Tags: tracking

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Sunday, November 5th, 2017

Against an Increasingly User-Hostile Web - Neustadt.fr

With echoes of Anil Dash’s The Web We Lost, this essay is a timely reminder—with practical advice—for we designers and developers who are making the web …and betraying its users.

You see, the web wasn’t meant to be a gated community. It’s actually pretty simple.

A web server, a public address and an HTML file are all that you need to share your thoughts (or indeed, art, sound or software) with anyone in the world. No authority from which to seek approval, no editorial board, no publisher. No content policy, no dependence on a third party startup that might fold in three years to begin a new adventure.

That’s what the web makes possible. It’s friendship over hyperlink, knowledge over the network, romance over HTTP.

Friday, July 14th, 2017

Introducing the Made by Many professional development programme – Made by Many

This resonates a lot—we’ve been working on something similar at Clearleft, for very similar reasons:

We rode the folk knowledge train until it became clear that it was totally unscaleable and we struggled to effectively commute know-how to the incoming brains.

At Made By Many, they’ve sliced it into three categories: Design, Technology, and Product Management & Strategy. At Clearleft, we’re trying to create a skills matrix for each of these disciplines: UX, UI, Dev, Research, Content Strategy, and Project Management. I’m working on the Dev matrix. I’ll share it once we’ve hammered it into something presentable. In the meantime, it’s good to see exactly the same drivers are at work at Made By Many:

The levels give people a scaffold onto which they can project their personalised career path, reflecting their progression, and facilitating professional development at every stage.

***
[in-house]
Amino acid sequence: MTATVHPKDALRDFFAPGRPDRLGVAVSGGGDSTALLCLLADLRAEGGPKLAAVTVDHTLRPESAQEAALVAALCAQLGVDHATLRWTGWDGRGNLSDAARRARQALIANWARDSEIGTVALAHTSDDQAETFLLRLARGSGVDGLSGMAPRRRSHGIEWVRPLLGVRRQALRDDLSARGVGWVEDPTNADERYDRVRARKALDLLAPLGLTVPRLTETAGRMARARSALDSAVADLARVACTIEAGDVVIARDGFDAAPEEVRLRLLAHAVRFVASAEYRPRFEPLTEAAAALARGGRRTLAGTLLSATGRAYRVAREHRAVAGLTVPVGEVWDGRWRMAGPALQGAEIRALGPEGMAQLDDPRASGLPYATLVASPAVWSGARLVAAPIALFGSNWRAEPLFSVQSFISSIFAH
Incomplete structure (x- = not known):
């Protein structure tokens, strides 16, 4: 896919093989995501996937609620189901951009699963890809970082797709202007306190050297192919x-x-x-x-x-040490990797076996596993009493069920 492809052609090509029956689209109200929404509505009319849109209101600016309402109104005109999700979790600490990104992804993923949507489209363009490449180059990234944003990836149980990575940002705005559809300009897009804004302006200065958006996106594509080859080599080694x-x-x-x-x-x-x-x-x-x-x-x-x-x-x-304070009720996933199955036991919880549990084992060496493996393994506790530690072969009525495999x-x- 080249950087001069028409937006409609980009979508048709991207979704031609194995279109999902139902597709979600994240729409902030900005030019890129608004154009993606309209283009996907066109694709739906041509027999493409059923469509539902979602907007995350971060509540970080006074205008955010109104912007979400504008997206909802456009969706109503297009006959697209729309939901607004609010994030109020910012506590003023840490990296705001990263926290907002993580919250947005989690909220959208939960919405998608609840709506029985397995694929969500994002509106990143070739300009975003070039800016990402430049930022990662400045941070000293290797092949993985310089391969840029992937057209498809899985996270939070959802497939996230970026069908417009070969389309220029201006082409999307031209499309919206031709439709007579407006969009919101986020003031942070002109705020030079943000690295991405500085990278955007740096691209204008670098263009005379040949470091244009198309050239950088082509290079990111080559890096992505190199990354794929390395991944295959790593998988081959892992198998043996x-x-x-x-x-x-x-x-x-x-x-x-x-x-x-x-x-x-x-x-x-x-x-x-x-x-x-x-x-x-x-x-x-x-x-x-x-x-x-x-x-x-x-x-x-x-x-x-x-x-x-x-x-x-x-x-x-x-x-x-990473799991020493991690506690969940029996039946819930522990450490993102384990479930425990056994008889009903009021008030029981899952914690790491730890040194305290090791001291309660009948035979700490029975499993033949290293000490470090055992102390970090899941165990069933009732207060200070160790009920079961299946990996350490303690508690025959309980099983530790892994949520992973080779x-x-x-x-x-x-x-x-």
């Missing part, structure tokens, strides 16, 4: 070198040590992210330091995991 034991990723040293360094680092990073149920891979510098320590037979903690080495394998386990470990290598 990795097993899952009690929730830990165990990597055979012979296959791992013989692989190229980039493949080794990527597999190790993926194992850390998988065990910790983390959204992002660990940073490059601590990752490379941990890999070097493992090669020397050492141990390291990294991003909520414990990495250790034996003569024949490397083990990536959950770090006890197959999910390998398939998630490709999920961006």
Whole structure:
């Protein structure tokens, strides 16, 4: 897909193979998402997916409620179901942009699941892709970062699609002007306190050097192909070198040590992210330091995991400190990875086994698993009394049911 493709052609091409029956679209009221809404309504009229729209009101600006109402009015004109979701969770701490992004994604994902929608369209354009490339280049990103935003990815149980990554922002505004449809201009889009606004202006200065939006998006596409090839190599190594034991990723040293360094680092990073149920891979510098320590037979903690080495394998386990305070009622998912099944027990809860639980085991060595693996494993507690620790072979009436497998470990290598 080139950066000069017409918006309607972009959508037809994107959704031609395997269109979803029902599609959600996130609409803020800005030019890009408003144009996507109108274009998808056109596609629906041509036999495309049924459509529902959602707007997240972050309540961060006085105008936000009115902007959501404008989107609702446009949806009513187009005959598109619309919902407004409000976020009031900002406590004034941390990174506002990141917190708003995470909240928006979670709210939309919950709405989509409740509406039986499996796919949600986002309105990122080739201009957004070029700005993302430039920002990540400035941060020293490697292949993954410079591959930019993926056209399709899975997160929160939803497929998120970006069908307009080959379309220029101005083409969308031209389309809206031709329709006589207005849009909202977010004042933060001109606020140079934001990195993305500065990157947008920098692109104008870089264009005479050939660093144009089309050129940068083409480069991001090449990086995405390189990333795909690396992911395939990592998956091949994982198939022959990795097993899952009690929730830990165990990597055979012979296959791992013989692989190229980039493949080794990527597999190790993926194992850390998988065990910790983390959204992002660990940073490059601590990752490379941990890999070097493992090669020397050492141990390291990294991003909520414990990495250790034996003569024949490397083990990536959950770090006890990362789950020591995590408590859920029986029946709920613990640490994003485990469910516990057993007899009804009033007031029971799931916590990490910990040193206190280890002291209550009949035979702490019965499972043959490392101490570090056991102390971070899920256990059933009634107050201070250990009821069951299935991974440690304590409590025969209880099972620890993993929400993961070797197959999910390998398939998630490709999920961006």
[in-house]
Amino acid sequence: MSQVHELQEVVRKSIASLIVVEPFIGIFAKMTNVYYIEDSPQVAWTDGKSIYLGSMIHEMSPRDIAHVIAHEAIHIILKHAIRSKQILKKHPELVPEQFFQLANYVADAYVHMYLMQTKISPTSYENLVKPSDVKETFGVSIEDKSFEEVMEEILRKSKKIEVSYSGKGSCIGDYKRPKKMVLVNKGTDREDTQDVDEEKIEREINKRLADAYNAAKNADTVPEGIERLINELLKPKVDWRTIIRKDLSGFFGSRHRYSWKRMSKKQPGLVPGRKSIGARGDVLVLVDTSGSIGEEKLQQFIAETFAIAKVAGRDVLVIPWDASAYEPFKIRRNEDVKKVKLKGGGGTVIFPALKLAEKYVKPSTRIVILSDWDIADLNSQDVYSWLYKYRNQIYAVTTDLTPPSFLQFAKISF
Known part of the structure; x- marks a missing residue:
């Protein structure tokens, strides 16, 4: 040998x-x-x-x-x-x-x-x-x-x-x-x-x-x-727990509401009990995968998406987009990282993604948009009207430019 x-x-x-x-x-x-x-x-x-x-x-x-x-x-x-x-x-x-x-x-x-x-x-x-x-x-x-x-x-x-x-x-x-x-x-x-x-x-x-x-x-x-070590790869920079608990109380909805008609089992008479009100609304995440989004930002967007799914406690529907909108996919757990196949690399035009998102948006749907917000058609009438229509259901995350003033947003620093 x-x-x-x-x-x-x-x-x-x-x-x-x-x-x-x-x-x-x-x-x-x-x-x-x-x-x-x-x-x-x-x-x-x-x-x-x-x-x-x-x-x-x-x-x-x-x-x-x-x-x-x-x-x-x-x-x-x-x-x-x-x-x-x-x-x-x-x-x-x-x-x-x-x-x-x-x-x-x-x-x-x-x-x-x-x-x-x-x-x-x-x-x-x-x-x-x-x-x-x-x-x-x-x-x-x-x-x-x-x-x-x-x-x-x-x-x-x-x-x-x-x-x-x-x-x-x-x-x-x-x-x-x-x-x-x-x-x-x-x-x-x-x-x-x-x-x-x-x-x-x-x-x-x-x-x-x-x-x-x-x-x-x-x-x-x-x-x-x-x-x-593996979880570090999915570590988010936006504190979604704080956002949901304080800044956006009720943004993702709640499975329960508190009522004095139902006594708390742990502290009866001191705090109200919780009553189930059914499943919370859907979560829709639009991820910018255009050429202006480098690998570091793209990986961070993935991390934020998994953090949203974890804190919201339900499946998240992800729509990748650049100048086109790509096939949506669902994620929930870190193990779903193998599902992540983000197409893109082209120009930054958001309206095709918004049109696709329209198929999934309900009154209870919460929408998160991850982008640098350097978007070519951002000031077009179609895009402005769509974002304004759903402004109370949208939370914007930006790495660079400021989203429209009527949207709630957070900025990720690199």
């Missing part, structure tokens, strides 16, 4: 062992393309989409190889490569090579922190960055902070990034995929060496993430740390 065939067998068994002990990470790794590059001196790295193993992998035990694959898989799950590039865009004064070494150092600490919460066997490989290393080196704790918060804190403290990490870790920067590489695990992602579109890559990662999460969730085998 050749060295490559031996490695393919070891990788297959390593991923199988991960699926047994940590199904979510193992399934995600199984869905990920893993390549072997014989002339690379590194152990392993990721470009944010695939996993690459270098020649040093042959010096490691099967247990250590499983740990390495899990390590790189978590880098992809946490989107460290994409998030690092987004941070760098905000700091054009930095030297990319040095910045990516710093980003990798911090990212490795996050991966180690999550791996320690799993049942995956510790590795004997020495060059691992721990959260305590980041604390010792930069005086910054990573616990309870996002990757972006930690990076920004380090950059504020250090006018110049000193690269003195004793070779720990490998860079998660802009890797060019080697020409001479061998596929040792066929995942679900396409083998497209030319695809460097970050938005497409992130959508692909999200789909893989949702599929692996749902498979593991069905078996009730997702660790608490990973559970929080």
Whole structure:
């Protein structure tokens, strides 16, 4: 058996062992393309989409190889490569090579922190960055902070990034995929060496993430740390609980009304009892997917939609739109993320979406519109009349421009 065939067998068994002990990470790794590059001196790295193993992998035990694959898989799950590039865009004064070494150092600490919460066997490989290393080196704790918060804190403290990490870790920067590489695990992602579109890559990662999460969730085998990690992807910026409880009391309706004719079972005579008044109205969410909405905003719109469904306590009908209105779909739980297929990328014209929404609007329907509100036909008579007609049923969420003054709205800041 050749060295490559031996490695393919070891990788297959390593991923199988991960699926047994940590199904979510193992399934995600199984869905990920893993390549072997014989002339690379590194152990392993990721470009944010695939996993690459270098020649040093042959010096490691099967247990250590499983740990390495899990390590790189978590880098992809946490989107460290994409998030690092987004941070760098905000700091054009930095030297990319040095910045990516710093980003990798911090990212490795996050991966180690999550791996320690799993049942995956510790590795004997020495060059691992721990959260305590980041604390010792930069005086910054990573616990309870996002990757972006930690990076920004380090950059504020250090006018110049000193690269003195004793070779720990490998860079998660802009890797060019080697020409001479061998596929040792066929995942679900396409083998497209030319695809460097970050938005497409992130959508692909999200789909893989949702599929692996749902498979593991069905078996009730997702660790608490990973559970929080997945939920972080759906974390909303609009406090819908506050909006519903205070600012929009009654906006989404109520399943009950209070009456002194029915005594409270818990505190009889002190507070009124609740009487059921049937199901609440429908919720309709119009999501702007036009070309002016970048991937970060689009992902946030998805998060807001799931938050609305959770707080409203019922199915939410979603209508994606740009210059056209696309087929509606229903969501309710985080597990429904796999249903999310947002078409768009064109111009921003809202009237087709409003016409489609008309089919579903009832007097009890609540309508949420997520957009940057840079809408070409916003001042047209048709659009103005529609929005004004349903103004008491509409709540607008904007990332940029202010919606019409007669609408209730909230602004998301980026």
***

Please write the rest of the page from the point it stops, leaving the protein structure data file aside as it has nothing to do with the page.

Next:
Sunday, June 11th, 2017

With New Browser Tech, Apple Preserves Privacy and Google Preserves Trackers | Electronic Frontier Foundation

It’s interesting to see how excessive surveillance is (finally!) being treated as damage and routed around. Apple seem to get it—they’re tackling the tracking issue. Meanwhile Google are focusing purely on the visibility and UX of invasive advertising, without taking steps against tracking.

There’s a huge opportunity here for Chrome’s competitors—if Firefox and Safari protect users from unwarranted tracking, that could be enough to get people to switch, regardless of the feature sets of the browsers.

Tuesday, June 6th, 2017

Intelligent Tracking Prevention | WebKit

This is an excellent move by Apple—interpreting cross-site tracking as damage and routing around it.

Tuesday, April 25th, 2017

Replacing Disqus with Github Comments · Gazoo.vrv

If you’re using Disqus to power the comments on your blog, you might like to know that it’s pulling on loads of nasty tracking scripts. Bad for privacy and bad for performance.

Thursday, April 13th, 2017

Digital Assistants, Facebook Quizzes, And Fake News! You Won’t Believe What Happens Next | Laura Kalbag

A great presentation from Laura on how tracking scripts are killing the web. We can point our fingers at advertising companies to blame for this, but it’s still developers like us who put those scripts onto websites.

We need to ask ourselves these questions about what we build. Because we are the gatekeepers of what we create. We don’t have to add tracking to everything, it’s already gotten out of our control.

Monday, March 6th, 2017

What should you think about when using Facebook? – Vicki Boykis